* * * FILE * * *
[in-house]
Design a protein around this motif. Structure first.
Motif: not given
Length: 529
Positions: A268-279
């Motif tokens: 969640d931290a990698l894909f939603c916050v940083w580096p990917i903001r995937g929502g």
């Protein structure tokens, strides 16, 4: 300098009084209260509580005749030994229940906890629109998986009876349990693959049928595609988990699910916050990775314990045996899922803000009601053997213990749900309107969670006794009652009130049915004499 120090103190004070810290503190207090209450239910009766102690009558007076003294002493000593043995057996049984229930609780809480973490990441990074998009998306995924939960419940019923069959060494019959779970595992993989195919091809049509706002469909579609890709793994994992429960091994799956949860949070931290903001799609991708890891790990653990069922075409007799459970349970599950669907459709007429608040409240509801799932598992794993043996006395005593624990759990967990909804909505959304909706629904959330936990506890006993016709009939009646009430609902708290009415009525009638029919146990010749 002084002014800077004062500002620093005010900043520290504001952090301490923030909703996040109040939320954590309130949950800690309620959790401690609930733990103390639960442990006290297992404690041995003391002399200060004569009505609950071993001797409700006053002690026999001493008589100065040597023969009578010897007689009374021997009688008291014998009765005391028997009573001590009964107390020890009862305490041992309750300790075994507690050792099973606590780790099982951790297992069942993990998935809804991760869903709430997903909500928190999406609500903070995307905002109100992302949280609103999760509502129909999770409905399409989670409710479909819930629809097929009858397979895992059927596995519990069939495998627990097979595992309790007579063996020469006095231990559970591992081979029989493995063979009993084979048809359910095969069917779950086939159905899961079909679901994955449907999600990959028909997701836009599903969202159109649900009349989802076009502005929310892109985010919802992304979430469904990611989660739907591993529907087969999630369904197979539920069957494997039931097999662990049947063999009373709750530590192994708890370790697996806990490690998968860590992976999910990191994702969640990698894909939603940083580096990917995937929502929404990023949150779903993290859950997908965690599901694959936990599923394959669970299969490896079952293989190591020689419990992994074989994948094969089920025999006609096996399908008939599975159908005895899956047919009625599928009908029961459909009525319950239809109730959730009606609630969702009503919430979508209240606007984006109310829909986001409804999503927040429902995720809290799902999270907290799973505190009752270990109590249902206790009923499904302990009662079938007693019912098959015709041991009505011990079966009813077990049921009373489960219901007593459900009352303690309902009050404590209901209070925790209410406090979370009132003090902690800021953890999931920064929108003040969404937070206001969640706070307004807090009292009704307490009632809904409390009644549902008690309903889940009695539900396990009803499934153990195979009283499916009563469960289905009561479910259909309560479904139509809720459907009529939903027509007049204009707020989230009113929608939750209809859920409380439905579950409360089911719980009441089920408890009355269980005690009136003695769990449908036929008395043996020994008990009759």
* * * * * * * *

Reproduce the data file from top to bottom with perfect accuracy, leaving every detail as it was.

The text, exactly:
[in-house]
Design a protein around this motif. Structure first.
Motif: not given
Length: 529
Positions: A268-279
């Motif tokens: 969640d931290a990698l894909f939603c916050v940083w580096p990917i903001r995937g929502g």
């Protein structure tokens, strides 16, 4: 300098009084209260509580005749030994229940906890629109998986009876349990693959049928595609988990699910916050990775314990045996899922803000009601053997213990749900309107969670006794009652009130049915004499 120090103190004070810290503190207090209450239910009766102690009558007076003294002493000593043995057996049984229930609780809480973490990441990074998009998306995924939960419940019923069959060494019959779970595992993989195919091809049509706002469909579609890709793994994992429960091994799956949860949070931290903001799609991708890891790990653990069922075409007799459970349970599950669907459709007429608040409240509801799932598992794993043996006395005593624990759990967990909804909505959304909706629904959330936990506890006993016709009939009646009430609902708290009415009525009638029919146990010749 002084002014800077004062500002620093005010900043520290504001952090301490923030909703996040109040939320954590309130949950800690309620959790401690609930733990103390639960442990006290297992404690041995003391002399200060004569009505609950071993001797409700006053002690026999001493008589100065040597023969009578010897007689009374021997009688008291014998009765005391028997009573001590009964107390020890009862305490041992309750300790075994507690050792099973606590780790099982951790297992069942993990998935809804991760869903709430997903909500928190999406609500903070995307905002109100992302949280609103999760509502129909999770409905399409989670409710479909819930629809097929009858397979895992059927596995519990069939495998627990097979595992309790007579063996020469006095231990559970591992081979029989493995063979009993084979048809359910095969069917779950086939159905899961079909679901994955449907999600990959028909997701836009599903969202159109649900009349989802076009502005929310892109985010919802992304979430469904990611989660739907591993529907087969999630369904197979539920069957494997039931097999662990049947063999009373709750530590192994708890370790697996806990490690998968860590992976999910990191994702969640990698894909939603940083580096990917995937929502929404990023949150779903993290859950997908965690599901694959936990599923394959669970299969490896079952293989190591020689419990992994074989994948094969089920025999006609096996399908008939599975159908005895899956047919009625599928009908029961459909009525319950239809109730959730009606609630969702009503919430979508209240606007984006109310829909986001409804999503927040429902995720809290799902999270907290799973505190009752270990109590249902206790009923499904302990009662079938007693019912098959015709041991009505011990079966009813077990049921009373489960219901007593459900009352303690309902009050404590209901209070925790209410406090979370009132003090902690800021953890999931920064929108003040969404937070206001969640706070307004807090009292009704307490009632809904409390009644549902008690309903889940009695539900396990009803499934153990195979009283499916009563469960289905009561479910259909309560479904139509809720459907009529939903027509007049204009707020989230009113929608939750209809859920409380439905579950409360089911719980009441089920408890009355269980005690009136003695769990449908036929008395043996020994008990009759």